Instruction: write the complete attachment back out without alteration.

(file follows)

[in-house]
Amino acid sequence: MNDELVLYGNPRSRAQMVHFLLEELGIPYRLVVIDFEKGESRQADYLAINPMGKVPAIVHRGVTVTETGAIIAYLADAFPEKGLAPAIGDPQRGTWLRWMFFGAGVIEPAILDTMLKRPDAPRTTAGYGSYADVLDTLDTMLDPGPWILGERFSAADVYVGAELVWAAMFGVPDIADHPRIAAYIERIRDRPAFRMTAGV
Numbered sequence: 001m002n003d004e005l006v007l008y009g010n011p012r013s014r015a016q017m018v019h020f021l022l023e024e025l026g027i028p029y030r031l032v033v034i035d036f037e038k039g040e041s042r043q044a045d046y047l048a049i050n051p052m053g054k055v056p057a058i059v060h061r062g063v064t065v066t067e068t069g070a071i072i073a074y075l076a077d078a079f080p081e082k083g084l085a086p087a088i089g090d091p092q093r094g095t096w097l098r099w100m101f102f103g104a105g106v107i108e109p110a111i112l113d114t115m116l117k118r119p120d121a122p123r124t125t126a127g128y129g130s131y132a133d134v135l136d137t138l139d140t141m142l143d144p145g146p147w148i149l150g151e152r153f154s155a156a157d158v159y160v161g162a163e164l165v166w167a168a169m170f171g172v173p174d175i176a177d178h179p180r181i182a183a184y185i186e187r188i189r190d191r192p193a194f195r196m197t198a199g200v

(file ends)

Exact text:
[in-house]
Amino acid sequence: MNDELVLYGNPRSRAQMVHFLLEELGIPYRLVVIDFEKGESRQADYLAINPMGKVPAIVHRGVTVTETGAIIAYLADAFPEKGLAPAIGDPQRGTWLRWMFFGAGVIEPAILDTMLKRPDAPRTTAGYGSYADVLDTLDTMLDPGPWILGERFSAADVYVGAELVWAAMFGVPDIADHPRIAAYIERIRDRPAFRMTAGV
Numbered sequence: 001m002n003d004e005l006v007l008y009g010n011p012r013s014r015a016q017m018v019h020f021l022l023e024e025l026g027i028p029y030r031l032v033v034i035d036f037e038k039g040e041s042r043q044a045d046y047l048a049i050n051p052m053g054k055v056p057a058i059v060h061r062g063v064t065v066t067e068t069g070a071i072i073a074y075l076a077d078a079f080p081e082k083g084l085a086p087a088i089g090d091p092q093r094g095t096w097l098r099w100m101f102f103g104a105g106v107i108e109p110a111i112l113d114t115m116l117k118r119p120d121a122p123r124t125t126a127g128y129g130s131y132a133d134v135l136d137t138l139d140t141m142l143d144p145g146p147w148i149l150g151e152r153f154s155a156a157d158v159y160v161g162a163e164l165v166w167a168a169m170f171g172v173p174d175i176a177d178h179p180r181i182a183a184y185i186e187r188i189r190d191r192p193a194f195r196m197t198a199g200v